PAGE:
Wednesday, May 04, 2011

We now all know that proof won't set us free

This assertion by Joan Walsh triggered an off-center thought:

President Obama is right not to release photographic "proof" that Osama bin Laden is dead. There's absolutely no upside: The lunatic fringe will still doubt the evidence, and gruesome corpse photos run the risk of creating a backlash against bin Laden's killing that doesn't exist so far.
The thought: birtherism has corrupted our collective sense of what constitutes proof.  It's now a near-universal assumption that a vocal minority will reject demonstration of any fact, now matter how definitive by any reasonable standard. (As Gideon Rachman put it, "After the controversy over Obama’s birth certificate, why not have one over Osama’s death certificate?") This has always been true to a degree: I remember my mother telling me that there were people who did not believe that Americans landed on the moon in 1969.  But the size, noisiness and impact of what were once regarded as lunatic fringes has made them impossible to ignore.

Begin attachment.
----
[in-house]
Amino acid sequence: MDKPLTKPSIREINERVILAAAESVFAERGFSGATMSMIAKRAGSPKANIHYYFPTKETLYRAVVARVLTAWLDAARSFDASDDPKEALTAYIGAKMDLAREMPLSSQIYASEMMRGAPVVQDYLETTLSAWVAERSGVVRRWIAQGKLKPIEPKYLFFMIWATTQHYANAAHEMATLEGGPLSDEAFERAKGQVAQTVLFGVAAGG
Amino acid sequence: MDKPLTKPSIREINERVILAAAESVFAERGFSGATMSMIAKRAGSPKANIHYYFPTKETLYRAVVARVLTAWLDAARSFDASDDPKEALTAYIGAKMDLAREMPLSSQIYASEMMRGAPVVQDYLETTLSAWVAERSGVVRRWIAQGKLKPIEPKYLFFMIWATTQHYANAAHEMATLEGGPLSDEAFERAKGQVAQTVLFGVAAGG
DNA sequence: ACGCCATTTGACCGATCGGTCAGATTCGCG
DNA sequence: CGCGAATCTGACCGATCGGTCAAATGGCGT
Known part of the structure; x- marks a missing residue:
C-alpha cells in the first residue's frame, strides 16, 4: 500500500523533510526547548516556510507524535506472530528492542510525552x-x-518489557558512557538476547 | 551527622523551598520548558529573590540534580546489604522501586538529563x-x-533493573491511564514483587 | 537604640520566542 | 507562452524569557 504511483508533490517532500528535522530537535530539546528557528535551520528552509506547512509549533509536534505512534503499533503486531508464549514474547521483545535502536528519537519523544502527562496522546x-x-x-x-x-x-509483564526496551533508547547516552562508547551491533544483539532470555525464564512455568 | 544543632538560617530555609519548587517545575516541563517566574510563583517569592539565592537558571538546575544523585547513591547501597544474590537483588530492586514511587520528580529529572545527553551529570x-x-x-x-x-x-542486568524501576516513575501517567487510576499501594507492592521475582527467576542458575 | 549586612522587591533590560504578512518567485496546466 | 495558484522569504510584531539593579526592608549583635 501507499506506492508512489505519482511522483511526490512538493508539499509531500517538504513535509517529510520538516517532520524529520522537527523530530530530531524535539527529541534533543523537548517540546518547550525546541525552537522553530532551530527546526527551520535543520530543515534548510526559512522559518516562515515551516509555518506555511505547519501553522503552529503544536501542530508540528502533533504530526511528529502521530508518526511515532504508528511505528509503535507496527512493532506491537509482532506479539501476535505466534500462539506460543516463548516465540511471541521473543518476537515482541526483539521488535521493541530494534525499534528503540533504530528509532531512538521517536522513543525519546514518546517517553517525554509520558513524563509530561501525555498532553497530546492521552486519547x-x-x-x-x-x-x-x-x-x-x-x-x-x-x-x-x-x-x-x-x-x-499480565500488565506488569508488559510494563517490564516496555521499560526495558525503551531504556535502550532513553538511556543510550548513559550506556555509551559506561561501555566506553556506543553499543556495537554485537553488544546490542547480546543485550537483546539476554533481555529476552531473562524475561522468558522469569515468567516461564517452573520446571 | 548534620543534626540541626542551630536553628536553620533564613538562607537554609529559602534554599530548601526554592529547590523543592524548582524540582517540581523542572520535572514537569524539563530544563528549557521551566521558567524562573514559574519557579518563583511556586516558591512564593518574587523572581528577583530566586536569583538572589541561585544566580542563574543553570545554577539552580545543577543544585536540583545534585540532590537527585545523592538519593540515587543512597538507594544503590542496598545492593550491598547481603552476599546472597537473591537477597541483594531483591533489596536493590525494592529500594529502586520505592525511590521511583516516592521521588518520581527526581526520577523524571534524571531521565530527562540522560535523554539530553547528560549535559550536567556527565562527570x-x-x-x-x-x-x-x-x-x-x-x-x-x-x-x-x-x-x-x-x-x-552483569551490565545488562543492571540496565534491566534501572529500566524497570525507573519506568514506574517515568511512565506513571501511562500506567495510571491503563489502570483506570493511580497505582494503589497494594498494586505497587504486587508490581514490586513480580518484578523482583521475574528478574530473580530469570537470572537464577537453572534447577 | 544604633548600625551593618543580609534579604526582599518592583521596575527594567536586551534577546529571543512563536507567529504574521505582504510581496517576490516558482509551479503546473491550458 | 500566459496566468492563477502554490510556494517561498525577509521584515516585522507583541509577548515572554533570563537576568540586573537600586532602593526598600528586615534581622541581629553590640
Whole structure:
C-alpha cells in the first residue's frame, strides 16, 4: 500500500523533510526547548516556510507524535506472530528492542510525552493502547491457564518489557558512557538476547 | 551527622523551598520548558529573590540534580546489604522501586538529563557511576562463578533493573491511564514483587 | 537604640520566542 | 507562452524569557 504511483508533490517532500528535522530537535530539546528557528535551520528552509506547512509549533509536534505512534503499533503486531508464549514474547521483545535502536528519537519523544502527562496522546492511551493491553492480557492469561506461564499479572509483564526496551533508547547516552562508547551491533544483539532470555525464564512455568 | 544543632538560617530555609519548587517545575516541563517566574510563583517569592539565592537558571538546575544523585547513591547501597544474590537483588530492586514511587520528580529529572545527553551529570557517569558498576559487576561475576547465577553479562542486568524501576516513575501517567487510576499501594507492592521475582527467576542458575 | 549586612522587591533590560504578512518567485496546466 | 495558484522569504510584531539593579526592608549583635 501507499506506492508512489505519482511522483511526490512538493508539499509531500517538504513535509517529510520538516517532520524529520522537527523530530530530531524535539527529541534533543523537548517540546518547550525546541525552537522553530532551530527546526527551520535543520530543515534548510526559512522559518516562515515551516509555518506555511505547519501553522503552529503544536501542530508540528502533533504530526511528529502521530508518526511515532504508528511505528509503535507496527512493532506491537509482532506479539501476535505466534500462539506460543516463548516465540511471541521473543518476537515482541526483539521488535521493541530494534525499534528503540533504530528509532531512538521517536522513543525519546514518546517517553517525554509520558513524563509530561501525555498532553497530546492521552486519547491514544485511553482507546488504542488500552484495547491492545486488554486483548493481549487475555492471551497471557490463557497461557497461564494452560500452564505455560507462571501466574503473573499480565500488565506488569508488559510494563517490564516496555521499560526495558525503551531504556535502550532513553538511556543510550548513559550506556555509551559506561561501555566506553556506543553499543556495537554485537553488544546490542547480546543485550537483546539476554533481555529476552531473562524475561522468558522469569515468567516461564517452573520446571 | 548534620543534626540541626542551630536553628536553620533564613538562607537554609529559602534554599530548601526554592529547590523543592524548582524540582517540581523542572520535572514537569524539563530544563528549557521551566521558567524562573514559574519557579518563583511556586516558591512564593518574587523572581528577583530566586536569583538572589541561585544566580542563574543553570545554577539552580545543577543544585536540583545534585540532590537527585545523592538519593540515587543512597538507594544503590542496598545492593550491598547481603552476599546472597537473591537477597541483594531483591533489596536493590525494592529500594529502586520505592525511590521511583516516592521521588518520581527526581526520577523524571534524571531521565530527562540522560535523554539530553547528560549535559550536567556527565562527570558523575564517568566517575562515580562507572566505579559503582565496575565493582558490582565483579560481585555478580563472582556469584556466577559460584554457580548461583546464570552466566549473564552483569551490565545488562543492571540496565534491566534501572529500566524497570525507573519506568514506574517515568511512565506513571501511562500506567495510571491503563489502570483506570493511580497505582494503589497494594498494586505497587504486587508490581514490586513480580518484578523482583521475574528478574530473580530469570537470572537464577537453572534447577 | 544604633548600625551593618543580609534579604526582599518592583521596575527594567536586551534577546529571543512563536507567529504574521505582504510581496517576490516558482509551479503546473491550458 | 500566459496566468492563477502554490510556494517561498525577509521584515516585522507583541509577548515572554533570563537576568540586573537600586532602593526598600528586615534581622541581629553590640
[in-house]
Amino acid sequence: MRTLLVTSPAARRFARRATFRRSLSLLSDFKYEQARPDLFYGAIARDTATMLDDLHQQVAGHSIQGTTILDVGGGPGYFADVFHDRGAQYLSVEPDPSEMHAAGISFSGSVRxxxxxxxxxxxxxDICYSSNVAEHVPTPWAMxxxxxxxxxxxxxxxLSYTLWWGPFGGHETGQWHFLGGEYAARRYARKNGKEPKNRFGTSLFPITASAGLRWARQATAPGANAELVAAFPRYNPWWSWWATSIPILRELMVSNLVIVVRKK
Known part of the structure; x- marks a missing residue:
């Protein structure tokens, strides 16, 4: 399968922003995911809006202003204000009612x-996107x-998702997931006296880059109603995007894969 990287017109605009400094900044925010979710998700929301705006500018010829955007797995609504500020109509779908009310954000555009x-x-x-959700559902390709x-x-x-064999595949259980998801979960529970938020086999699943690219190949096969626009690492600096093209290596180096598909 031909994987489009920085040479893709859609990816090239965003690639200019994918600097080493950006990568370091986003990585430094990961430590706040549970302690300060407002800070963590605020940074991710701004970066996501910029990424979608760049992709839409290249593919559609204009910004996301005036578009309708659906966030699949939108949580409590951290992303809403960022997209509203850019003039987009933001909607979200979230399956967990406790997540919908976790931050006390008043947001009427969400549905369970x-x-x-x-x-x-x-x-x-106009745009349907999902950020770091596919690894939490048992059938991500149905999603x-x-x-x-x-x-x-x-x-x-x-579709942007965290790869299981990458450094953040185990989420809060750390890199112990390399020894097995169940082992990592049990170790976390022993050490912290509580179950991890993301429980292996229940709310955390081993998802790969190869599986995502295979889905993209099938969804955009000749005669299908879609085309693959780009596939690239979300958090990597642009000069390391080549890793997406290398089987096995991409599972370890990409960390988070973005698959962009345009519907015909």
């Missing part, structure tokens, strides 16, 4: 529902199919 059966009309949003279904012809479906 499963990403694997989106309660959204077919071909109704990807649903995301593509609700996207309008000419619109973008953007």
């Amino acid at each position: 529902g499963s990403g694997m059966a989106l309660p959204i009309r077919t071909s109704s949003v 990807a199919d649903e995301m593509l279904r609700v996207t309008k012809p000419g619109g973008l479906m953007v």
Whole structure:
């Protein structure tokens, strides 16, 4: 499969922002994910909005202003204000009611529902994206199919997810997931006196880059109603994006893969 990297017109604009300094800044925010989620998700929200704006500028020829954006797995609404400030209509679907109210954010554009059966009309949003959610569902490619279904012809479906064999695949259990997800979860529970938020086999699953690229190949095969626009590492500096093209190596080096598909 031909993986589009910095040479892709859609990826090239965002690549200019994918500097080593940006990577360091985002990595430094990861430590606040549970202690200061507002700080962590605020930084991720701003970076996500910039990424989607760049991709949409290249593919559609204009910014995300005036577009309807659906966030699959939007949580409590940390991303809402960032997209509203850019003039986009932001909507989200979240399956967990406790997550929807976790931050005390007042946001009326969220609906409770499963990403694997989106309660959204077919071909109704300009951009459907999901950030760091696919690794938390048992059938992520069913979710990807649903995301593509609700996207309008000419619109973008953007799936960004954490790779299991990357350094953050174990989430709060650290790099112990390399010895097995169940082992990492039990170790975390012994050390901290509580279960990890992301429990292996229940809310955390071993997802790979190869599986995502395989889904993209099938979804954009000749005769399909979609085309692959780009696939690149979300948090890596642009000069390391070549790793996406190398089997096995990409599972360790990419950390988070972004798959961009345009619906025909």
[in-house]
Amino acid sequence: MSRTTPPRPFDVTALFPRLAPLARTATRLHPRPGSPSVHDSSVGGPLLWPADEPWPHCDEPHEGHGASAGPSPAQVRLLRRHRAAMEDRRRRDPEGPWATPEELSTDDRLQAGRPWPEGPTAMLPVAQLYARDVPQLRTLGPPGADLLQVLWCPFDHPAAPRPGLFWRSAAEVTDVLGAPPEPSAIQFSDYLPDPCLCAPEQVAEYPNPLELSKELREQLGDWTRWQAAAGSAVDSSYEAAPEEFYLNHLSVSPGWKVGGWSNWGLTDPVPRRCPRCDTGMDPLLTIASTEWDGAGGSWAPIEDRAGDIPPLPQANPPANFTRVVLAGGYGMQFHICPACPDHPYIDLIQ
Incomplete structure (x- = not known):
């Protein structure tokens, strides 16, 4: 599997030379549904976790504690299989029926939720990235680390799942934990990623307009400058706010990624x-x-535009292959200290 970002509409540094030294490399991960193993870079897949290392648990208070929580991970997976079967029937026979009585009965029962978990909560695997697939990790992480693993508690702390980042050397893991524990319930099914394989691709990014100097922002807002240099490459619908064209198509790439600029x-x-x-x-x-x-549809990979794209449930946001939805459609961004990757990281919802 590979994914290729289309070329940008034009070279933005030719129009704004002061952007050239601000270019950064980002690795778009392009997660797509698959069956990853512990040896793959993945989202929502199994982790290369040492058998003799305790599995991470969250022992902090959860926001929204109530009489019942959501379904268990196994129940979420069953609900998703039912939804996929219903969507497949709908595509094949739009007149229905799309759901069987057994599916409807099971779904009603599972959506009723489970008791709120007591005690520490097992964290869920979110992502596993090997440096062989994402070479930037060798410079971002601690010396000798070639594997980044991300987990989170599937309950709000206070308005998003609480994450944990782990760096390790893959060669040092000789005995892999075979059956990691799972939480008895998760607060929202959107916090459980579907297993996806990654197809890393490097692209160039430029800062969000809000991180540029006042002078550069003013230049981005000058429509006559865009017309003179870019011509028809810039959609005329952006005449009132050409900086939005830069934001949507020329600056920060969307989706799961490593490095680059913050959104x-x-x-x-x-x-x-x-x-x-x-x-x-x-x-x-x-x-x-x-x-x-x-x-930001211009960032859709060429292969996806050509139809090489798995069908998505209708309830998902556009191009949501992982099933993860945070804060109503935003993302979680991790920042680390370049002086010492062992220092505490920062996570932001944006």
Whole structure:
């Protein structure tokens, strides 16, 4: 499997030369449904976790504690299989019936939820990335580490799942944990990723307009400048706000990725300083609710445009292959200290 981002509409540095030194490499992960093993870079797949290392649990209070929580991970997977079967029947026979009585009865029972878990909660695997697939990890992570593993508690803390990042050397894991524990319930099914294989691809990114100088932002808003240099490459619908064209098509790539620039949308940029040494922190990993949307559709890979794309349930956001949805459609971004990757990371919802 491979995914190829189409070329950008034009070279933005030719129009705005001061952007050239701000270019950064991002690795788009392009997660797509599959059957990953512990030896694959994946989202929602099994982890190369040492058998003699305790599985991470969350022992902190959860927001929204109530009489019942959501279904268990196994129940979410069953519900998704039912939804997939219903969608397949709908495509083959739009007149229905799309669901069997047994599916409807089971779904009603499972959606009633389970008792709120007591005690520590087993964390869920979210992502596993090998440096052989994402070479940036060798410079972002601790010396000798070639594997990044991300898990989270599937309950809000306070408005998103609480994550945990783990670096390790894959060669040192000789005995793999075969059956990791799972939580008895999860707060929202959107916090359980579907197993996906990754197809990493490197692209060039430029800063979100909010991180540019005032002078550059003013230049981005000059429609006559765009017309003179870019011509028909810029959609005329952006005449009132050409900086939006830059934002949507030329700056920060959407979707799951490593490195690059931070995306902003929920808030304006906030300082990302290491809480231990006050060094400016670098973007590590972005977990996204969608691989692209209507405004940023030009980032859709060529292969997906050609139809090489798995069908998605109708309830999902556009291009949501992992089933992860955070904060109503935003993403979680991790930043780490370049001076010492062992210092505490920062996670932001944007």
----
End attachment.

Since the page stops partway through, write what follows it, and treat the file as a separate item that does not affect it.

1 comment:

  1. I'll bet a sizable percentage of the American population has always believed outlandish things. It's just that now they are polled don it, and there are websites and blogs to express.